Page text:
Monday, February 1, 2010
Fukuoka, Hayek, and the implications of "natural farming" for social work
To anyone who loves, appreciates, and values the natural world, Hayek's notion of a spontaneous order has a certain elegance, simplicity, and beauty to it, but it neglects the simple fact that such an order would undoubtedly replicate and extend current inequalities and injustices. I have been chewing this over, and found it wonderfully captured in this passage from Fukuoka's "One Straw Revolution":
"I settled myself on the mountain and everything went well up to the time that my father entrusted me with the richly-bearing trees in the orchard. He had already pruned the trees to 'the shape of sake cups' so that the fruit could easily be harvested. When I left them abandoned in this state, the result was that the branches became intertwined, insects attacked the trees and the entire orchard withered away in no time.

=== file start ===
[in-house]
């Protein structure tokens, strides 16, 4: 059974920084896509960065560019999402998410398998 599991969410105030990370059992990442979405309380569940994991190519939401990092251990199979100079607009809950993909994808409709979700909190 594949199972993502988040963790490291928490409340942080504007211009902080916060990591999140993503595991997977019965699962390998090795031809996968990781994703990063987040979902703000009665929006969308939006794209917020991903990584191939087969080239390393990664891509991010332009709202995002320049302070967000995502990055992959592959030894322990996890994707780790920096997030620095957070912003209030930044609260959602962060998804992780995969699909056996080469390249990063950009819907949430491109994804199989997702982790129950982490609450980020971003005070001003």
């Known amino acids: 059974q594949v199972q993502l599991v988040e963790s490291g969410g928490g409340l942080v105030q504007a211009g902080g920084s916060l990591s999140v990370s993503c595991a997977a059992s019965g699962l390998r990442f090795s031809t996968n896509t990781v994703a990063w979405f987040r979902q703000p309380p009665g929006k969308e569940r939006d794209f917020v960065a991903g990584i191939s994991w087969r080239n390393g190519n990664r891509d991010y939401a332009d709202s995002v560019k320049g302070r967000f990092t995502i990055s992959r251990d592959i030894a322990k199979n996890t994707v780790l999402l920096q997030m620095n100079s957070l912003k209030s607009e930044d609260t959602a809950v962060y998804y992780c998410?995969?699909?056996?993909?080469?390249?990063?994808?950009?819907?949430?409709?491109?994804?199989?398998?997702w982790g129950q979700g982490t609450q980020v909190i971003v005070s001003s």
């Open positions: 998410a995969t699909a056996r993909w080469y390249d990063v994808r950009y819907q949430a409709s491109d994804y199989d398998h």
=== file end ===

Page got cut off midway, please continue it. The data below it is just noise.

My conviction was that crops grow themselves and should not have to be grown. I had acted in the belief that everything should be left to take its natural course, but I found that if you apply this way of thinking all at once, before long things do not go so well. This is abandonment, not 'natural farming.'"
Similarly, to abandon people to the natural order of the free market is to allow the grotesque heirarchies and structures of privilege and oppression that humans have already created to flourish, to reach their "natural" conclusion - e.g., the primacy of certain groups of people over others.